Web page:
Installing SQL Server 2000

Now that you have a general understanding of the different variations of SQL Server 2000, it’s time to install. Again, for this example, I am installing the Standard Edition.

  1. Insert the SQL Server installation CD into your CD-ROM drive. After a few moments, the autorun installation welcome screen will appear.
  2. Click on SQL Server 2000 Components. From the list of options that appears, click on (for now) the Install Database Server option.
  3. The installation wizard will begin. Click on Next.
  4. The next screen asks you to enter the name of the computer on which you want to install an instance of SQL Server 2000. Select the Local Computer option.
  5. Click on Next. In the dialog box that appears, select Create a New Instance of SQL Server.
  6. The next two dialog boxes ask you to enter your name and company (if applicable) and accept the standard Microsoft licensing agreement. You are then presented with the screen, which asks you to pick the type of installation. For this installation, chose Server and Client Tools.
  7. The next screen asks you to provide an instance name. Provide a descriptive title, then click on Next.
  8. As with most standard software installations, SQL Server 2000 now prompts you for the type of custom installation you prefer. Leave the default setting as Typical, but note the space requirements and the other installation options.
  9. You are next asked to provide information on the service accounts used to access SQL Server. For this dialog box, leave the default setting as Domain User Account, but go ahead and enter some type of password that satisfies the usual requirements—easy for you to remember, hard for others to guess. Don’t leave the password blank because that will make you an easy target for unauthorized access.
  10. Just a few steps left! Select Mixed Mode and be sure to enter a password for the SA (system administrator).
  11. Click on Next. The installation wizard will tell you it has enough information to proceed with the installation. Click on Next. After a few moments, you will see a confirmation screen telling you that the setup is complete. Click on Finish and reboot your server. (You might be asked to do this, but if not, you should go ahead and reboot anyway.)

Understanding Security: Working with Windows Services
SQL Server 2000 runs as a Windows service, which in a nutshell means that if there is any problem with SQL Server, Windows can take care of it without a great deal of human intervention.

You can set specific SQL Server configuration options by navigating through the Services option, under Administrative Tools. (Note that this only works on Windows NT, 2000, and XP because services don’t exist on Windows 9x operating systems.) This Services option is in the Administrative Tools Control Panel applet.

Now take a look at configuring SQL Server service properties. This will help you gain a further understanding of how SQL Server operates within the Windows operating system, and it will lead into a more complete discussion of the security options that are available for your use.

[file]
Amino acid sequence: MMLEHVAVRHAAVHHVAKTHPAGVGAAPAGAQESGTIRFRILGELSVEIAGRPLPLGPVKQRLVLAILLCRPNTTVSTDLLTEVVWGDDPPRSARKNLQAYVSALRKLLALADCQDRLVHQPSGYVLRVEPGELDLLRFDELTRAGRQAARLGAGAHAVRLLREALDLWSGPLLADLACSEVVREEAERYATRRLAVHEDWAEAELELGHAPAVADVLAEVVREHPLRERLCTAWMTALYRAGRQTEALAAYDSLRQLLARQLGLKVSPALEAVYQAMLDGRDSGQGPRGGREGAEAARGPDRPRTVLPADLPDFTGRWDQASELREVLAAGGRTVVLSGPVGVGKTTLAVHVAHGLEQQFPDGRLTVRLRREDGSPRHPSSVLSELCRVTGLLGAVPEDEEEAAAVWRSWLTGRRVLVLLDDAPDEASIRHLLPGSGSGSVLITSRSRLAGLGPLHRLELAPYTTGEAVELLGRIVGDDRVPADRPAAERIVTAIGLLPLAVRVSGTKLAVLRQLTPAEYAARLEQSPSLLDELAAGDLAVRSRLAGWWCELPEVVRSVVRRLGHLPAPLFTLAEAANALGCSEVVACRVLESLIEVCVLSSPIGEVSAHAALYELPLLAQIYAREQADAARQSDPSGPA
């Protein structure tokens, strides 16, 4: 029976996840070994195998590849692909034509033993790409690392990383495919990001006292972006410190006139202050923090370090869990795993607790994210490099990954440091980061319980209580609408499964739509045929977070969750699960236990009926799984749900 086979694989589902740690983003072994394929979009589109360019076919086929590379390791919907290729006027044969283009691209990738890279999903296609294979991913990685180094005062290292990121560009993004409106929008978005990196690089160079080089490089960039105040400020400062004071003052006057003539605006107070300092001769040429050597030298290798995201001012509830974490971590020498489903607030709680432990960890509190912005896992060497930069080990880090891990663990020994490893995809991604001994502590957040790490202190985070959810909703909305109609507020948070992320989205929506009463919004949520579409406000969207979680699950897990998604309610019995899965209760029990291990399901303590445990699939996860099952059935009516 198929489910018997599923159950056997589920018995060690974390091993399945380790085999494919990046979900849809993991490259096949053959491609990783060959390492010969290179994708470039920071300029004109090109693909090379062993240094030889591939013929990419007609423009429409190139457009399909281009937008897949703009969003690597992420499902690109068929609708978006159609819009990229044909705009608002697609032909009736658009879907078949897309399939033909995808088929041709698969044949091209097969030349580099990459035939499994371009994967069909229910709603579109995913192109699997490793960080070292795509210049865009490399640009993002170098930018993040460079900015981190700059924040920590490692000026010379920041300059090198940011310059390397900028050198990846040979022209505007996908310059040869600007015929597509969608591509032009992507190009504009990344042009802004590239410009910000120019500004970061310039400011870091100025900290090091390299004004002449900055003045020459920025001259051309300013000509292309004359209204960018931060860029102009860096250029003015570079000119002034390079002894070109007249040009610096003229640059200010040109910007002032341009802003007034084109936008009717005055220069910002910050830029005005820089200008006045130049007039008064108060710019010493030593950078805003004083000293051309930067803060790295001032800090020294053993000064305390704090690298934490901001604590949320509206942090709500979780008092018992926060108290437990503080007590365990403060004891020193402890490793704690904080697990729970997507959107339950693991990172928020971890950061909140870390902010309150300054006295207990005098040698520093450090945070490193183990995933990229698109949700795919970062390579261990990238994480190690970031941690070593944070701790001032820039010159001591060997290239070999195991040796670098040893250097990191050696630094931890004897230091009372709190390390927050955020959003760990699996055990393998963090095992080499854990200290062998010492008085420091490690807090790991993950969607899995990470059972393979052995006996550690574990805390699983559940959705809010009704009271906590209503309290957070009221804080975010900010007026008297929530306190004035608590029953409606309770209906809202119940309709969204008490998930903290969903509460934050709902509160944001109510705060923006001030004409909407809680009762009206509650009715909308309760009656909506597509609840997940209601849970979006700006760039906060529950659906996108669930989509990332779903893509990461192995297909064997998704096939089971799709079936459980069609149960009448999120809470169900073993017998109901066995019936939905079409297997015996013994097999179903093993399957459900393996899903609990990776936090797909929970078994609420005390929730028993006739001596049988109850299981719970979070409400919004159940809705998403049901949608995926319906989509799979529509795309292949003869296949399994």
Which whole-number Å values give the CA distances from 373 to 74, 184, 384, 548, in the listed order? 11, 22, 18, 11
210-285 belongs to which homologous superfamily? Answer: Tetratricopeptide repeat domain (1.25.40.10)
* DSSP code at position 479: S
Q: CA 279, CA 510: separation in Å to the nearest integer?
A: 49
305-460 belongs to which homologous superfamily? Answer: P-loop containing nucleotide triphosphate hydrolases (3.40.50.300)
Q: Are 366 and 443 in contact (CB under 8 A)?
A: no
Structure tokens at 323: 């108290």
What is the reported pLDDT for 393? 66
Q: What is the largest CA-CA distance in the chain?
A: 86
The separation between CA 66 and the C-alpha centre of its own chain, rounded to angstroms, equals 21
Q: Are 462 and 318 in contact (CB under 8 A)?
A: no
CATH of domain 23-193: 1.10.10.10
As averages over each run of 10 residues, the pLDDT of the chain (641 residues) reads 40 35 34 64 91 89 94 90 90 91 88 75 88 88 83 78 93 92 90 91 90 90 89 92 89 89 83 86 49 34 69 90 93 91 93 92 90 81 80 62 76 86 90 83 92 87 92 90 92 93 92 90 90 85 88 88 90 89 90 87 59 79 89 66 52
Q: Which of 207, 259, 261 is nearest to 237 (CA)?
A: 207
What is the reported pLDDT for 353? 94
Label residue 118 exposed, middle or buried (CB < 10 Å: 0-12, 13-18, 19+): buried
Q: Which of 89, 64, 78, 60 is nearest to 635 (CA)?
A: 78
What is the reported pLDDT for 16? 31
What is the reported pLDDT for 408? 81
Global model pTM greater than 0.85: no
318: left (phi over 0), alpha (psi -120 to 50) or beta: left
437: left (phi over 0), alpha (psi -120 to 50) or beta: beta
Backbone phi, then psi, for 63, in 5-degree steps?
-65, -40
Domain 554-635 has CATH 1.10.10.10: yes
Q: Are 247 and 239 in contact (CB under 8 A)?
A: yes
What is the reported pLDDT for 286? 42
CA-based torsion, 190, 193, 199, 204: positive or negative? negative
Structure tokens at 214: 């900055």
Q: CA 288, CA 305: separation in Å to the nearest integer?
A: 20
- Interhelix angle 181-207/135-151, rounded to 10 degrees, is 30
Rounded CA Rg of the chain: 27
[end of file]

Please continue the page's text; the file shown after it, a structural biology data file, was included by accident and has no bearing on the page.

1. In the Start menu, select Settings, Control Panel.
  2. Double-click on the Administrative Tools icon, and then double-click on the Services icon.
  3. In the screen that opens, scroll down and select MSSQLSERVER.
  4. Once you’ve selected MSSQLSERVER, right-click and select Properties from the drop-down menu that appears. The MSSQLSERVER Properties dialog box will appear.
  5. Click on the Log On tab.

The Log On tab is a good place to begin the discussion of security issues within SQL Server 2000. There are two options to log on to SQL Server.

  • Local System account. This simple account was designed to allow you to log on solely to a local account/local installation of SQL Server. Using this account, there is no way that you could log in to a remote server. In a way, this is a neat method of ensuring the instance of SQL Server with which you are working (in other words, you must be working on a local system account).
  • Domain account. When you log on to SQL Server utilizing a domain account, the service will verify with the Windows security model to ensure that the user name and password you entered are indeed valid. Note that if you are on a network instead of a local machine, your user name will have a prefix of DOMAINUSERNAME. In order for you to log on to the service in this fashion, the Window security model will verify that the domain account information you’ve provided matches a valid user name and password in the Windows Domain Controller.

Regardless of whether your SQL Server installation is on a remote server or a local machine, it’s probably a good idea to use the domain account setting.That way, the Windows security model (and your user name and password) can help secure the account. Of course, if you are working on a local machine, this might not be as big of an issue, but it is still probably a good idea. Also, in a network environment you might have to ask your system administrator to give you full administrative rights to SQL Server. (The user name should be able to alter the registry, so in essence you need to be made an administrator of your own machine.)

It is not recommended to use your own domain account as a service account. If you must use a domain account, then create one that has the sole purpose of a SQL service account. Also, if you use your own account and you change the password of your account, you must then go back into the Services control panel and change it—it will not automatically change.

I’ll talk more about security and account issues a bit later in the chapter. For now, take a moment to review the Recovery tab in the MSSQLSERVER Properties dialog box.

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